I’ve spent the last couple of days looking over the next Lucire, and pondered whether to let the f word go through uncensored. It’s in an excellent by Fiona Ralph about fashion label Wheels & Dollbaby. In the context, it is appropriate, and it was a direct quotation within another direct quotation—but eventually I stuck with (our) tradition and replaced the uck with asterisks. Perhaps the act of doing so can be called uckstarring.
It’s my magazine; it has to reﬂect my values, and I generally don’t cuss. There are some people I want to get aggro about, and yes, I have used the word, but only in extreme circumstances. If I used it all the time, I would lose a good word for exclamation (how does Samuel L. Jackson cope with those snakes on that motherf***ing plane? Shall we invent a more serious word—like snicklebock—and position it as even more coarse?). My decision may look quaint today, and may look even more quaint in ten years’ time. But one rule of founder-run businesses is true: they retain the personality of that founder.
Further, Lucire is a brand that has a decency about it, and if the f word is not good enough for network television here before 9 p.m., then I don’t want the censor—who actually taught my ﬁrst class in law school—breathing down my neck. I would prefer the magazine to be digniﬁed, even if all its other dealings are transparent, honest and reﬂective of the world we live in. It tries to be productive as a magazine, which is why we reach some passionate, globally minded consumers. It tries to reshape its world to how I would like to see it by being more positive and inspiring. Foul language just doesn’t seem to go with that brand. I leave the cursing to my competitors. (So, can you say the f word in Vogue?) Posted by Jack Yan, 08:54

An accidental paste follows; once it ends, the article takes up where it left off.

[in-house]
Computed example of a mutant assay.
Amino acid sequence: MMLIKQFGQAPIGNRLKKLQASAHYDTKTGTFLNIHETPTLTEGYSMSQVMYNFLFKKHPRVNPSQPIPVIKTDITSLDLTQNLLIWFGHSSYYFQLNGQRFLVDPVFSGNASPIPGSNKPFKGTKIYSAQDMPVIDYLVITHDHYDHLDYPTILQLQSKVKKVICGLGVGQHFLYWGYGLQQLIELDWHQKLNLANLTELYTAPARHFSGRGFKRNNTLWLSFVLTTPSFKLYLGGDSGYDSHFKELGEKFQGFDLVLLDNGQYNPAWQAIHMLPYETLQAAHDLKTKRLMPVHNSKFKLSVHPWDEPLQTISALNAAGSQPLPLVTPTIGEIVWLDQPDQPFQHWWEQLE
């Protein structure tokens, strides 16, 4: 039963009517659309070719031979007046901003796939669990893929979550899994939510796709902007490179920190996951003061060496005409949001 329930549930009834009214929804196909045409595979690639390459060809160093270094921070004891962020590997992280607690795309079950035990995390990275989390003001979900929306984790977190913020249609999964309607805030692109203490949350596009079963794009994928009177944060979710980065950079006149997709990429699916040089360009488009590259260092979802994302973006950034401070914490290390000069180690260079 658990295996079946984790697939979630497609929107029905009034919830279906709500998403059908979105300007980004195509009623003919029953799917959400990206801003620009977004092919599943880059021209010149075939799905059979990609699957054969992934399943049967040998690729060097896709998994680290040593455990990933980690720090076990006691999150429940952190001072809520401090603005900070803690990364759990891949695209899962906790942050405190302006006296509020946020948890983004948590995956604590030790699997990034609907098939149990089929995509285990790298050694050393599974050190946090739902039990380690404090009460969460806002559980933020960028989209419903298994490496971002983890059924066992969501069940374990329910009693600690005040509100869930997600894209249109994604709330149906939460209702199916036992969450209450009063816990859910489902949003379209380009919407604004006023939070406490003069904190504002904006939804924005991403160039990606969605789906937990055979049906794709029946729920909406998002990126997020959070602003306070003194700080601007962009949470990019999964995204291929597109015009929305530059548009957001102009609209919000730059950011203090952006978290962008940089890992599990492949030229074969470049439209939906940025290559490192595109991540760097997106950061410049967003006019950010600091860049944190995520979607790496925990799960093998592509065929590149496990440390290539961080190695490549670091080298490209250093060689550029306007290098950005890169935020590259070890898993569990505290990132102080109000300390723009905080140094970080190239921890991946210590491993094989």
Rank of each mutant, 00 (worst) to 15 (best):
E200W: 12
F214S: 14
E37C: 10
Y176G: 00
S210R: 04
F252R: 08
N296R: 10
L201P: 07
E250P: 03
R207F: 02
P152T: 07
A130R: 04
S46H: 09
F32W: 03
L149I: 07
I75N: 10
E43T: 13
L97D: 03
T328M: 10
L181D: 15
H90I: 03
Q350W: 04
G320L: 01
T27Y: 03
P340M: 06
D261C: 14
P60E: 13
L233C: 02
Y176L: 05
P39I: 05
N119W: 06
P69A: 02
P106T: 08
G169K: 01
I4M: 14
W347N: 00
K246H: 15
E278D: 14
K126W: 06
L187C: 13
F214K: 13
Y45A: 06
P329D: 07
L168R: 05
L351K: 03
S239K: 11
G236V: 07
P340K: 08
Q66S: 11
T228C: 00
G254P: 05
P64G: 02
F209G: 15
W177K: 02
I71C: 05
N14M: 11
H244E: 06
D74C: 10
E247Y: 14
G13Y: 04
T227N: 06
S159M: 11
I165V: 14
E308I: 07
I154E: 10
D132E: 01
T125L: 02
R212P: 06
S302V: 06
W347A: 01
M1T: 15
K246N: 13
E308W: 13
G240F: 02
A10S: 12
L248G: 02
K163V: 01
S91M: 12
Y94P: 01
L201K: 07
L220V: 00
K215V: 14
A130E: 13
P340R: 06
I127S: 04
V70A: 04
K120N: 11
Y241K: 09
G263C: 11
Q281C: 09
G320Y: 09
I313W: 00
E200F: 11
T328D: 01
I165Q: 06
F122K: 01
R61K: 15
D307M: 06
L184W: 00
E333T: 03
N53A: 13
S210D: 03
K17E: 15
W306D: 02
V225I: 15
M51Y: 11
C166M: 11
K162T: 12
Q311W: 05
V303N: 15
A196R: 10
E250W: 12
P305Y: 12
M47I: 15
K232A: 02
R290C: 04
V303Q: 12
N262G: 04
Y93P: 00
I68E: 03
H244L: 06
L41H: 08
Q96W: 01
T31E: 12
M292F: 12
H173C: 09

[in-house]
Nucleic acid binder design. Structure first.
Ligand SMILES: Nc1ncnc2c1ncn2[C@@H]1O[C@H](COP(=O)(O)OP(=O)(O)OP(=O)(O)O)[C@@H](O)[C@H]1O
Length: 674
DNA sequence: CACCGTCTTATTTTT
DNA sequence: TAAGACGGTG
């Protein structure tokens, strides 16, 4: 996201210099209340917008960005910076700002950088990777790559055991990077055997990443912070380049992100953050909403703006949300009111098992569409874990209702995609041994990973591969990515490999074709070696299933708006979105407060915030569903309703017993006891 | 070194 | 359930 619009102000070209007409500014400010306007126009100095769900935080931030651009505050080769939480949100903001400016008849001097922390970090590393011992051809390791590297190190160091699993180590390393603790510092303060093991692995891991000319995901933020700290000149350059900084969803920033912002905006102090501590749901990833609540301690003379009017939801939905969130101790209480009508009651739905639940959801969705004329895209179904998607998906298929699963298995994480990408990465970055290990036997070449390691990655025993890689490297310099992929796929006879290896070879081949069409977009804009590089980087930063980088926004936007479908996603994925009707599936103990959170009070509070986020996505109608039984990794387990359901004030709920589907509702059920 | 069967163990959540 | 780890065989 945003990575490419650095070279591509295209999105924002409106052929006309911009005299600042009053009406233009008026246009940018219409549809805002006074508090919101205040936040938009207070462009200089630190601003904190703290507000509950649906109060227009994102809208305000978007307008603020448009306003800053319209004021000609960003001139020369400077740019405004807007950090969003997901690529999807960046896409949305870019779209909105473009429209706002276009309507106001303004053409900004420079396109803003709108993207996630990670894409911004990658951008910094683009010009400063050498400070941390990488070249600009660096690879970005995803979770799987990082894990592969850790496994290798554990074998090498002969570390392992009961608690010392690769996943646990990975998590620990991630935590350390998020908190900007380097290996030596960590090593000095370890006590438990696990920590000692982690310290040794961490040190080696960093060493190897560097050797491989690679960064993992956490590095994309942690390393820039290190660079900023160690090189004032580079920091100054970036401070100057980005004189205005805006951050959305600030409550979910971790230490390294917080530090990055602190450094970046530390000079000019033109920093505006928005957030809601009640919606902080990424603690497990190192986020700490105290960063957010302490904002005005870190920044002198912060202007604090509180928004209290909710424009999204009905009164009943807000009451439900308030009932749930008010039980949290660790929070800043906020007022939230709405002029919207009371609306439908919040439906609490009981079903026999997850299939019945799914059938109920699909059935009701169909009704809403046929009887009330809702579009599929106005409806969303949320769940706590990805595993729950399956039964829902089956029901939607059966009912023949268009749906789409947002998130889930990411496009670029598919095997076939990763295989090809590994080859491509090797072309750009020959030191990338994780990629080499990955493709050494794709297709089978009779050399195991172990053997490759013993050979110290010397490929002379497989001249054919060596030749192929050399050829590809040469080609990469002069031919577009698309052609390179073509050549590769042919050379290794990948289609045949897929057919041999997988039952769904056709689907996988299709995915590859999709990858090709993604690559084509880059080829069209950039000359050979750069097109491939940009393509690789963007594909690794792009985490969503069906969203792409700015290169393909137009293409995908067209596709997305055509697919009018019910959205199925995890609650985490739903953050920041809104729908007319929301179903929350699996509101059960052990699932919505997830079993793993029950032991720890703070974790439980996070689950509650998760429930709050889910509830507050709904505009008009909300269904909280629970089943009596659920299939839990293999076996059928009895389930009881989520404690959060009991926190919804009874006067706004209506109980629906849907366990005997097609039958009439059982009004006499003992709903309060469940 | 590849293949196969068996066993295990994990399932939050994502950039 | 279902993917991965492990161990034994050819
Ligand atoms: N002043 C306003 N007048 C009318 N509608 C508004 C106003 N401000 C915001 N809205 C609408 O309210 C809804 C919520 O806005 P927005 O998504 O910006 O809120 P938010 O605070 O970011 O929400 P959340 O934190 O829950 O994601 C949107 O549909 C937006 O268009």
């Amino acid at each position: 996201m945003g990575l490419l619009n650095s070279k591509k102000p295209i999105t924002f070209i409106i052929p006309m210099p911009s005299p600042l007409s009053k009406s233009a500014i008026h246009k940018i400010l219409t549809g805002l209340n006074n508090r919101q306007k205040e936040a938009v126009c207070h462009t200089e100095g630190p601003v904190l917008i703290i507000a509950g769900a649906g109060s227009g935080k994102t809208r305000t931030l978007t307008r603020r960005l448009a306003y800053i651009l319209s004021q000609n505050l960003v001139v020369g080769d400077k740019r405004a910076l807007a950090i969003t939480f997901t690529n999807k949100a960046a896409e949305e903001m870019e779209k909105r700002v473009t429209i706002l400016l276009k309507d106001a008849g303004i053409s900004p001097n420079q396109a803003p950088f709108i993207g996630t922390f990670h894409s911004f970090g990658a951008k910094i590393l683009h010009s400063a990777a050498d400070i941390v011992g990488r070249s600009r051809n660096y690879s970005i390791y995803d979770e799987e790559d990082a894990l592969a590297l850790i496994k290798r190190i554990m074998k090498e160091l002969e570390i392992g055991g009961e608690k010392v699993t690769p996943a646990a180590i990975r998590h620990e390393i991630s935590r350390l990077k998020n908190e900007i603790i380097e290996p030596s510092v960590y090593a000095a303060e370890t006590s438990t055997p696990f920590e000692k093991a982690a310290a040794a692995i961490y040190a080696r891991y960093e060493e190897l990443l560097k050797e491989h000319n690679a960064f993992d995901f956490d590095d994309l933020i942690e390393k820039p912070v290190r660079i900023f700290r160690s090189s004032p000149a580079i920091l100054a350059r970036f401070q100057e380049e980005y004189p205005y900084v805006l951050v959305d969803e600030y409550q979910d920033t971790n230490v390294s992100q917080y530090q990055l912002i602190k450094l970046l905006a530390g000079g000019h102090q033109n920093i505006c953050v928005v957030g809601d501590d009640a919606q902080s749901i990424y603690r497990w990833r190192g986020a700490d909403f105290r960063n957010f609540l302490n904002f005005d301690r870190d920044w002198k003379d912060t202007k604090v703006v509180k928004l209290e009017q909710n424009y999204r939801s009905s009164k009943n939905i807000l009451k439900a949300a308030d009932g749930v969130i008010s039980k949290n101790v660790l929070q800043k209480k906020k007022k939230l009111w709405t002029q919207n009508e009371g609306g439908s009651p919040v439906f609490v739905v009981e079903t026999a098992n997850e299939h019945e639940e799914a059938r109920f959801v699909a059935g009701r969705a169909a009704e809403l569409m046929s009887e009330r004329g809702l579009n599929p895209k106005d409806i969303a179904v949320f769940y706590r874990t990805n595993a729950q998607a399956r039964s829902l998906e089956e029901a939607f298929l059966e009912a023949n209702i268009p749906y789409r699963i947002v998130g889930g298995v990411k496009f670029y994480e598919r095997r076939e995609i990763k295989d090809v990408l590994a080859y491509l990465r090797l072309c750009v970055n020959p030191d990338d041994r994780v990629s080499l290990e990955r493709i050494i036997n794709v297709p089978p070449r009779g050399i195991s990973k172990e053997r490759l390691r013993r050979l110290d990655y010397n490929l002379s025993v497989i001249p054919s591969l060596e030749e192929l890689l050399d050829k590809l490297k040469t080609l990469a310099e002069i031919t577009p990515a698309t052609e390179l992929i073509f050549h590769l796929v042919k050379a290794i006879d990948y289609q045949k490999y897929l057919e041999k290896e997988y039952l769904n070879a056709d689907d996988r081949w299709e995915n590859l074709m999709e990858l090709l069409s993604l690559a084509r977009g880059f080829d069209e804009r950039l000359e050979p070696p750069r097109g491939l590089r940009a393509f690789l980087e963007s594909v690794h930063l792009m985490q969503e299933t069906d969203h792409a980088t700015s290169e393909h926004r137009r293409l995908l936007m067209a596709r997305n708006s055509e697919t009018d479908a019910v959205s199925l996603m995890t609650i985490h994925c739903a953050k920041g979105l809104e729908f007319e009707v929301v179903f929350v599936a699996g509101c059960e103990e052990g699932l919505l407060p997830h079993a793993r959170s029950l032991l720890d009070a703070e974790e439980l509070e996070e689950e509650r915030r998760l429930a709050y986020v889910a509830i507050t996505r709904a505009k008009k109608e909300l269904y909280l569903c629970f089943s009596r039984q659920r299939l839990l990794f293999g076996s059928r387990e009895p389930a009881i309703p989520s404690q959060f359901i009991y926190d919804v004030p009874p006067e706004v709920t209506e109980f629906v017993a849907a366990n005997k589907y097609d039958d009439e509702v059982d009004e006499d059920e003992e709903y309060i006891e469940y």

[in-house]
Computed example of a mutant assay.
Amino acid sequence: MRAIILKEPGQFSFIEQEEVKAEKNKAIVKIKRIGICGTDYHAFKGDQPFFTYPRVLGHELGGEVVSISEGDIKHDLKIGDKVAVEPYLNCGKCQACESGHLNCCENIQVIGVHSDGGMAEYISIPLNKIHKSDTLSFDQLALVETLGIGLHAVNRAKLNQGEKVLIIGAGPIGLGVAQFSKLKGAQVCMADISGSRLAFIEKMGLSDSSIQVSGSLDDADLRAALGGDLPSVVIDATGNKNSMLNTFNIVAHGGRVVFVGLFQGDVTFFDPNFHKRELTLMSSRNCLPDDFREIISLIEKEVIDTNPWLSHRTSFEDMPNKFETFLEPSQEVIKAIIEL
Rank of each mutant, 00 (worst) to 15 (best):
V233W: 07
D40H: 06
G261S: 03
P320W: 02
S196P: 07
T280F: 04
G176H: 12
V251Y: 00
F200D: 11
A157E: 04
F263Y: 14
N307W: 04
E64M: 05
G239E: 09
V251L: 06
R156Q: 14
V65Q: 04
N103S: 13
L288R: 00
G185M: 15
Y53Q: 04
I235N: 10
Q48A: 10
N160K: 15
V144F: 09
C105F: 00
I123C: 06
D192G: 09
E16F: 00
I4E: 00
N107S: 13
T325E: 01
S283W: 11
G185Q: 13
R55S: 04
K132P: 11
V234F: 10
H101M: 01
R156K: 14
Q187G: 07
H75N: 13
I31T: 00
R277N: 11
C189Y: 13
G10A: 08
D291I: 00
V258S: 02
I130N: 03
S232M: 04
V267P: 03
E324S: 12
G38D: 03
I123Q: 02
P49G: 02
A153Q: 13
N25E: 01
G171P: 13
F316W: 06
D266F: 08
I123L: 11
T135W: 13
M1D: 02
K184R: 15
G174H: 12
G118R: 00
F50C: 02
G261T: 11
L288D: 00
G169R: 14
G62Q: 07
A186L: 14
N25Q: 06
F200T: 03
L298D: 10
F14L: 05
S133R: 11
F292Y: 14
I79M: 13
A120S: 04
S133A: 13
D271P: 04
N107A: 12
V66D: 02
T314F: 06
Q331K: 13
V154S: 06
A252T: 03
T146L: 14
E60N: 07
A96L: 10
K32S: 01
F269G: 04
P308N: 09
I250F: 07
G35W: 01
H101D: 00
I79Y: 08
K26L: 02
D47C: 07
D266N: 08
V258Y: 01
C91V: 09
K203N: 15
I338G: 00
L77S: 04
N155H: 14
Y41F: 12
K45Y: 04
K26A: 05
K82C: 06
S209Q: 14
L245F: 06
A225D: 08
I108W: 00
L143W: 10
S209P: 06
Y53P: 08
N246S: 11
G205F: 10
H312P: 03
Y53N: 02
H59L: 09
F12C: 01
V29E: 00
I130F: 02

My Mum would say that substituting is as the same as saying the term, scolding me whenever I said "Fricking, Freakin', Fetchin'" and sometimes even "Fffffffffar out!"
People are gonna think the word when f**k or **** is read, so you'd probably have to omit the whole quote to change the world. ;).
However, from a "branding" perspective, the stars are the way to go. People might not notice omittence, but stars will say so much more about the personality Lucire than f**k.
Thanks, Dan. It’s good to have your perspective as you are deﬁnitely hipper than me. It’s at the printer now, so I guess we really are dancing with the stars. Crap, did I just write that? Sorry … didn’t mean to swear just then …
Thanks, Sy! I guess you’ve heard about the usage of bloody in an ad for Australia, shown in the UK. The Brits found it objectionable due to the different use of the word there.Post a Comment
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